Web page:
Faculty & Staff Presentations
Deep Engagement with Student Learning: Librarians as Instructors-of-Record for Writing-Intensive Undergraduate Courses
Educational Assessment, Evaluation, and Research | Library and Information Science
How can librarians gain authentic knowledge about how students apply the skills and concepts we teach? In order to address this question, Susan Barnes Whyte and Jean Caspers share the knowledge they have gained by teaching two writing intensive courses: Information Gathering, a required 4-credit course for Mass Communication majors, and Information Ethics: the Individual as Creator and Consumer, a required 4-credit first year inquiry seminar course. Caspers and Whyte both continue to teach multiple information literacy (IL) sessions for other professors’ courses. Their for-credit teaching experiences have helped them understand the difficulty other teaching faculty have finding time to integrate IL into their courses, but have also underlined the necessity for students to integrate IL concepts into their research and writing practice. Successful negotiation for more time and more in-depth assignments in all the classes they touch has been an important and positive outcome for their work.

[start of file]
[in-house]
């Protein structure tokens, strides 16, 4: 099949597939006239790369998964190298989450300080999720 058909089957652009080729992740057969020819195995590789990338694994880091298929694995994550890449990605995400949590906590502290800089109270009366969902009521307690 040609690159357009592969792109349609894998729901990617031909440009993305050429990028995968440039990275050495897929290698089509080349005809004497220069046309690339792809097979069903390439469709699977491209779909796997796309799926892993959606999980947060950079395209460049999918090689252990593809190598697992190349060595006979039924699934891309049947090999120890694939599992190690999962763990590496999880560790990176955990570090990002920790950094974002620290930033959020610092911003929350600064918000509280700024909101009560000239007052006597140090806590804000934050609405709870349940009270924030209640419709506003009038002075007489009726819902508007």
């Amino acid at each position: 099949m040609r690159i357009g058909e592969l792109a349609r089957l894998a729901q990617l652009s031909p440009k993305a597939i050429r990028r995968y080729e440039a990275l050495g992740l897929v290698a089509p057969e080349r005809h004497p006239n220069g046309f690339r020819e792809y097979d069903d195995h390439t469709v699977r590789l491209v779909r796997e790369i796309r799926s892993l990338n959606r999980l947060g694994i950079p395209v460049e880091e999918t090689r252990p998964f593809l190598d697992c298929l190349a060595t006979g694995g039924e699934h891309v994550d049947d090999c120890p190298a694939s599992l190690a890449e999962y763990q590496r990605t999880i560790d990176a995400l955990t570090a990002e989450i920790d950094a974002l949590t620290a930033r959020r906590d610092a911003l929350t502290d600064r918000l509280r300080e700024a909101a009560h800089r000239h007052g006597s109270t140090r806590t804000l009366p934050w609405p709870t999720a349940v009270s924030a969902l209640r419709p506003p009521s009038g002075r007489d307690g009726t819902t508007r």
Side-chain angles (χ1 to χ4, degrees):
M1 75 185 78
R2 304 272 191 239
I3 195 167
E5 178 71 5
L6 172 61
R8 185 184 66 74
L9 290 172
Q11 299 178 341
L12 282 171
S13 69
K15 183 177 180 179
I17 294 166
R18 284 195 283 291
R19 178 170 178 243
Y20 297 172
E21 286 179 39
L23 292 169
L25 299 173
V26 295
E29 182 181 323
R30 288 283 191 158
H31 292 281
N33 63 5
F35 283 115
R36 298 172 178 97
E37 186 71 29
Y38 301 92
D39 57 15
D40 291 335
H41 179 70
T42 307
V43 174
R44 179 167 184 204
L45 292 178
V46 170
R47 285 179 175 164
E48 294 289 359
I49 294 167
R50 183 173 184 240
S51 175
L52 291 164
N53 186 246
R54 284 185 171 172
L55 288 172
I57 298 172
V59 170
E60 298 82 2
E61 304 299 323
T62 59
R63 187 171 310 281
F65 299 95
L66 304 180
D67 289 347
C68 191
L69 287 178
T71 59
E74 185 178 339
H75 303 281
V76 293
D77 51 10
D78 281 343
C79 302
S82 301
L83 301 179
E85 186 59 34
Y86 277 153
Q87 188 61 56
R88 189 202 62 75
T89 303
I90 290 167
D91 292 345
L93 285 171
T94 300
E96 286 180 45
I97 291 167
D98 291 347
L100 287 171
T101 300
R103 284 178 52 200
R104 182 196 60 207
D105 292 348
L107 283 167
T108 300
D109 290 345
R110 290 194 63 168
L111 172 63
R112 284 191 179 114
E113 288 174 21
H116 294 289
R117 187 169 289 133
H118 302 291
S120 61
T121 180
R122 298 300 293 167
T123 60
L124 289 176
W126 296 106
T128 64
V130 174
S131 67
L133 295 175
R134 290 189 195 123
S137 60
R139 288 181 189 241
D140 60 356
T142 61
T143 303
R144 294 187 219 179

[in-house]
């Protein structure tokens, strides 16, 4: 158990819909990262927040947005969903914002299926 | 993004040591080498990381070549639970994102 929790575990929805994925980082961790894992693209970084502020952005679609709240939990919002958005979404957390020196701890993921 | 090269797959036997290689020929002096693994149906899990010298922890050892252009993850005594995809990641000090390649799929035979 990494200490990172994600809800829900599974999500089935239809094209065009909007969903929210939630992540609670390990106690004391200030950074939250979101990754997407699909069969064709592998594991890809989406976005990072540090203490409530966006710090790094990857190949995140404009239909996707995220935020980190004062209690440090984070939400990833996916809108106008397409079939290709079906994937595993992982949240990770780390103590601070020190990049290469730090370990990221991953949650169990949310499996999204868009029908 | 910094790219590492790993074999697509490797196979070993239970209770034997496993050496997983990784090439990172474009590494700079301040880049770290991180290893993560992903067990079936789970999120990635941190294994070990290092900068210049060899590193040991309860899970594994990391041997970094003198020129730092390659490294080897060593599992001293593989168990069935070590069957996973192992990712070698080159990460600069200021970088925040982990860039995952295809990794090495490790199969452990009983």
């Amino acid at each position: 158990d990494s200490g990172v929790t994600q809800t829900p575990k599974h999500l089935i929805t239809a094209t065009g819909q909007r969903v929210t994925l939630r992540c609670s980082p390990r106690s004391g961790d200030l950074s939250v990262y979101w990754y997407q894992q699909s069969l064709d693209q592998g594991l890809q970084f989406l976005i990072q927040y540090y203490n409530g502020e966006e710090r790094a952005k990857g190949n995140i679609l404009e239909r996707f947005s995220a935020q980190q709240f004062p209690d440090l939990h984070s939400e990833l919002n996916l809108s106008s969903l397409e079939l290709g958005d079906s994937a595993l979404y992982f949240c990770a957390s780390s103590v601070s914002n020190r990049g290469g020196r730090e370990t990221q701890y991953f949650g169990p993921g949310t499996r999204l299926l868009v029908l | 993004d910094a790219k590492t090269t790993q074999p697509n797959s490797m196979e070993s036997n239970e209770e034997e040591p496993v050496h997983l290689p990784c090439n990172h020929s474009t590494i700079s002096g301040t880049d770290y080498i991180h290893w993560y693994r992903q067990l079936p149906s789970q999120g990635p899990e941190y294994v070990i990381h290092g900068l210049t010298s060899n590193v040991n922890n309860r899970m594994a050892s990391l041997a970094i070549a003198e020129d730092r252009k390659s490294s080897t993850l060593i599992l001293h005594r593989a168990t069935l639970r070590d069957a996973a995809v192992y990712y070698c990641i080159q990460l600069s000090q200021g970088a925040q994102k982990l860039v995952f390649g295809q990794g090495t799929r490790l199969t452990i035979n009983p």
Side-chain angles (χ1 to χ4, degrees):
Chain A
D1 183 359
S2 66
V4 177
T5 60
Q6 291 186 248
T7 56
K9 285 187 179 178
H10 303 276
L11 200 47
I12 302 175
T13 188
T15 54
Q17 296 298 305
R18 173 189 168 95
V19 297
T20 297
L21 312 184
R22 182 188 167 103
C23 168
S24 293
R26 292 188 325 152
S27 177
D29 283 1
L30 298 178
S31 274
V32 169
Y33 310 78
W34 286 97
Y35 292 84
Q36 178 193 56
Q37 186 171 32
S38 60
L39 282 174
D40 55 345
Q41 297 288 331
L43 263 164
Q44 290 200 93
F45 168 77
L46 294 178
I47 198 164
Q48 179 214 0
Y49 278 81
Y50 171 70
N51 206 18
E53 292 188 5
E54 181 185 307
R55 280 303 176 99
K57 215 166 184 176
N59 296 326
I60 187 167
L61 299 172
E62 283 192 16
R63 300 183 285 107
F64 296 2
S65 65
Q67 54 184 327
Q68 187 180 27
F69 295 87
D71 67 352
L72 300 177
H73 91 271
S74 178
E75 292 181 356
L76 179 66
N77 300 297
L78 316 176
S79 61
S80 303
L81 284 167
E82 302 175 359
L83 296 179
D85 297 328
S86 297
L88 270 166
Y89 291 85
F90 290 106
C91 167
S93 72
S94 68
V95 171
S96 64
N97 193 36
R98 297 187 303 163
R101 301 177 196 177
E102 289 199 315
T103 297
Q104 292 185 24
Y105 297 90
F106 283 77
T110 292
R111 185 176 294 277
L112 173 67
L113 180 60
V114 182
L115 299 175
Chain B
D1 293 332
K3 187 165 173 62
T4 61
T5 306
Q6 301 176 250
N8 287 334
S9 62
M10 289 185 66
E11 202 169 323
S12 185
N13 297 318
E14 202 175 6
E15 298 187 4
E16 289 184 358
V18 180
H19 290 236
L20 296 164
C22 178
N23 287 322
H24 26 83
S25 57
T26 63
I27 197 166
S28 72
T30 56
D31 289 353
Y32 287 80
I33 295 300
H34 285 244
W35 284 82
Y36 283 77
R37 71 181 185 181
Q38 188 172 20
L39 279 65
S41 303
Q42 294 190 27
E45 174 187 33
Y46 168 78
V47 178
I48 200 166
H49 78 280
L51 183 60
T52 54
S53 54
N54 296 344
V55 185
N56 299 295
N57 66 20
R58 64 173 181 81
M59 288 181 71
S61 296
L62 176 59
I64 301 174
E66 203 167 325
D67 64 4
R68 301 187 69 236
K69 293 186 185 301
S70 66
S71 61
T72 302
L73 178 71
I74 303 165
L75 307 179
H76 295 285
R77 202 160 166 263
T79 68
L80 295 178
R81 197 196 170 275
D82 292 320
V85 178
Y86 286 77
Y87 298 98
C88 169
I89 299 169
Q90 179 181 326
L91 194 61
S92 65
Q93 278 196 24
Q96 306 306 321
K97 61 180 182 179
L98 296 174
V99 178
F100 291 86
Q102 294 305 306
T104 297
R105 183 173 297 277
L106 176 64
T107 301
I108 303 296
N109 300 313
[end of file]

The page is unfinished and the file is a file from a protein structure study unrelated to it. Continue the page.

Caspers, Jean and Whyte, Susan Barnes, "Deep Engagement with Student Learning: Librarians as Instructors-of-Record for Writing-Intensive Undergraduate Courses" (2012). Faculty & Staff Presentations. Presentation. Submission 4.
Educational Assessment, Evaluation, and Research Commons, Library and Information Science Commons
This presentation was given at The Road to Information Literacy: Librarians as Facilitators of Learning, a Satellite Meeting of the International Federation of Library Associations and Institutions (IFLA) in Tampere, Finland.